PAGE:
Review – Bog Street Leap

John Tron Davidson
January 4, 2019
February 10, 2021

First review of the year, and I thought I’d start with something unusual.

I’ve never backed a company on Kickstarter previously, but after being turned onto this by my chum and session ace Tom Williams, this product seemed like such a good idea that I decided to get into it. The videos I watched concerning Bog Street head Paul Holcomb looked very earnest, and I liked his idea of pushing the pick into new territory through design rather than simply changing materials.

After many, many email updates, these two finally arrived, and the three-in-one ergonomic creation that is the Leap was in my hands. The whole idea behind this thing was comfort, grip, and ease of use, and it’s being targeted primarily at beginners to give them a sure footing when learning the ropes.

So far, all very admirable. The packaging is good, the picks look swish, there’s a noble idea behind it – I’m in. With the Heavy Repping! Dunlop 73 in hand, I unfolded the glossy packets and jumped into the Leap.

There’s two picks here – the Lead (.73mm/.96mm/1.5mm) and the Rhythm (.45mm/.70mm/.80mm). I’m not sure what these are made from – it feels like somewhere between Delrin and Nylon – but whatever it is, the Rhythm example wasn’t finished properly, and had surplus material at the tips. This is a small matter that might well be part of the initial production run, but as it changed the behaviour of the plectrums – on acoustic particularly – it was unfortunate.

The .45mm thickness is pointless. I’m not being thick-ist either – there’s so much flex that it robs chords of any body, and makes single note work a laggy chore. I’m sure this was included for design reasons, but it’s too thin to have a meaningful inclusion here. Even the gap between the .45 and the next level up – the .70 – is a yawning chasm, which makes it even more confusing. After this initial experience, I decided to leave the Leap for a bit to prevent the remainder of the tips being judged too harshly in its context.

Returning after some swearing, I took back up with the .70, and was pleased to find it was a good balance. Not as bright or full-figured as the Dunlop, but appropriately thick and round-edged for its intended purpose. The grip in the middle started to make more sense as well, as I’d been thrashing it for an hour or so by this stage. Chords had reasonable firmness, and although a little bit more length could have been added to stop the edges of the grip digging into the strings, I acknowledged that was likely my personal approach and not the rule. The .80 was a bit hard-sounding, and was slightly inelegant when it came to chord work. Right on the cusp of being thick enough for a real bevel but not having one, this tip was the most irritating, as it should have worked, but didn’t.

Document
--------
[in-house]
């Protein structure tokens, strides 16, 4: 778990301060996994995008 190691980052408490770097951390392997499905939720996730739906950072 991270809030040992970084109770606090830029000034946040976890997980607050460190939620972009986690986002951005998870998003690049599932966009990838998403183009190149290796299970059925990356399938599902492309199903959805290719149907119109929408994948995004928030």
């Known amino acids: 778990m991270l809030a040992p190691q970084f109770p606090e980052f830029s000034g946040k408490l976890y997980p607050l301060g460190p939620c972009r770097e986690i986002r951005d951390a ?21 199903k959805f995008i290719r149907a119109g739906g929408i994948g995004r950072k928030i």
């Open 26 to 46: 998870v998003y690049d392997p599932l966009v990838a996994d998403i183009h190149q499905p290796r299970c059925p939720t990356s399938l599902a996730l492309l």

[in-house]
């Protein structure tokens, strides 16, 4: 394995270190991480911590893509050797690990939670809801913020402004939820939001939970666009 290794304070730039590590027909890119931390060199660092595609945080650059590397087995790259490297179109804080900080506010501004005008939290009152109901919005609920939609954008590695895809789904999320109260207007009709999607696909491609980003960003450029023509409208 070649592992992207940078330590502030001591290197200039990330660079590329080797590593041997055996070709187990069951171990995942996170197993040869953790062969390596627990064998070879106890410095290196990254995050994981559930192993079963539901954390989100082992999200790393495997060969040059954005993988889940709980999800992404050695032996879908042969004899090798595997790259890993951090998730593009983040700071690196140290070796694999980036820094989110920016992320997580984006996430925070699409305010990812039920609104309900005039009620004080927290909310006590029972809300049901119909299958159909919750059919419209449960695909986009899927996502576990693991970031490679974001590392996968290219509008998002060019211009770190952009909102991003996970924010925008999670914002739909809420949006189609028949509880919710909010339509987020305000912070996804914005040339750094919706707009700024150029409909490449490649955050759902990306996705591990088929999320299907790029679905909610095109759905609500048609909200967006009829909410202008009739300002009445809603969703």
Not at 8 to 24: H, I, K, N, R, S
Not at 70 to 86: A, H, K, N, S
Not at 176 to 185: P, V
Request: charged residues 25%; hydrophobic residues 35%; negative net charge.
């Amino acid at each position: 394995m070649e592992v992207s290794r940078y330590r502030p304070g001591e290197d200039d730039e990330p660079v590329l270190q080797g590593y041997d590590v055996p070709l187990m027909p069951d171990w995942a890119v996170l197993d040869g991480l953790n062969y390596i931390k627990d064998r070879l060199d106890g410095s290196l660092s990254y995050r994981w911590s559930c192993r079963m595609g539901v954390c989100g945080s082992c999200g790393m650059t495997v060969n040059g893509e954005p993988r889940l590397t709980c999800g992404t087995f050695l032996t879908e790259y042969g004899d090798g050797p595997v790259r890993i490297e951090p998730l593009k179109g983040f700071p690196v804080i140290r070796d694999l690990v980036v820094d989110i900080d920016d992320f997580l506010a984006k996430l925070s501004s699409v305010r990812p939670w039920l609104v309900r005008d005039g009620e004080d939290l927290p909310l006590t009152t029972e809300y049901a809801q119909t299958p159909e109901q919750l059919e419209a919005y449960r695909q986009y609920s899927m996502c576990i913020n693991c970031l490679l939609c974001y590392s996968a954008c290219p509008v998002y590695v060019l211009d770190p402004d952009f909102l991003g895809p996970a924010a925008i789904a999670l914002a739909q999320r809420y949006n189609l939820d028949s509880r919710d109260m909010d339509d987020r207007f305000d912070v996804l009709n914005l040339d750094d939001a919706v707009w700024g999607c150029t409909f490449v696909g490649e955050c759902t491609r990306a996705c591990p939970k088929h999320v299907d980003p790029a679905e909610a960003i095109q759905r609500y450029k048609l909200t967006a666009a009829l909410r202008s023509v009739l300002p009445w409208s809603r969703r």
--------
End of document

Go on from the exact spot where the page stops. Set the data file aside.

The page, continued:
The Lead was a better experience all-round, despite suffering from similar finishing issues. The .73 tip was alright for chords despite being a bit too blunt for single-notes, and although the .96 felt pretty robust, I felt that a sharper tip would have gone a long way. The hardest, sharpest, shortest edge, the 1.5, was good fun when it came to note runs and sharp chording, but its lessened length meant that I was quite aware of the grip and its incursion into the strings.

This is a confounding bit of gear. I’m treating it as a singular entity owing to the design, as both models share similar flaws, and even though the thicknesses are different, it was both a surprise and a disappointment. I’m completely on board with this idea – particularly when it comes to the grip – and the notion of having access to three different thicknesses in one pick is a sound one.

It is, however, $7, and while that’s not a lot in boutique terms, it would be better presented as a learning tool, especially if what you’re trying to do is to teach people the differences that plectrum thickness makes. If you’ve ever wondered ‘why does your pick matter?’, try one of these to find out. With a bit of refinement and more real-world testing, this could be an important learning device for beginners, but I can’t see gigging musicians the world over turning to it in its present form.

If this looks like your sort of thing though, I’d encourage you to try it. Heavy Repping! is only my opinions and experiences, and you might get one of these and never look back. If you want to find out more, check them out here: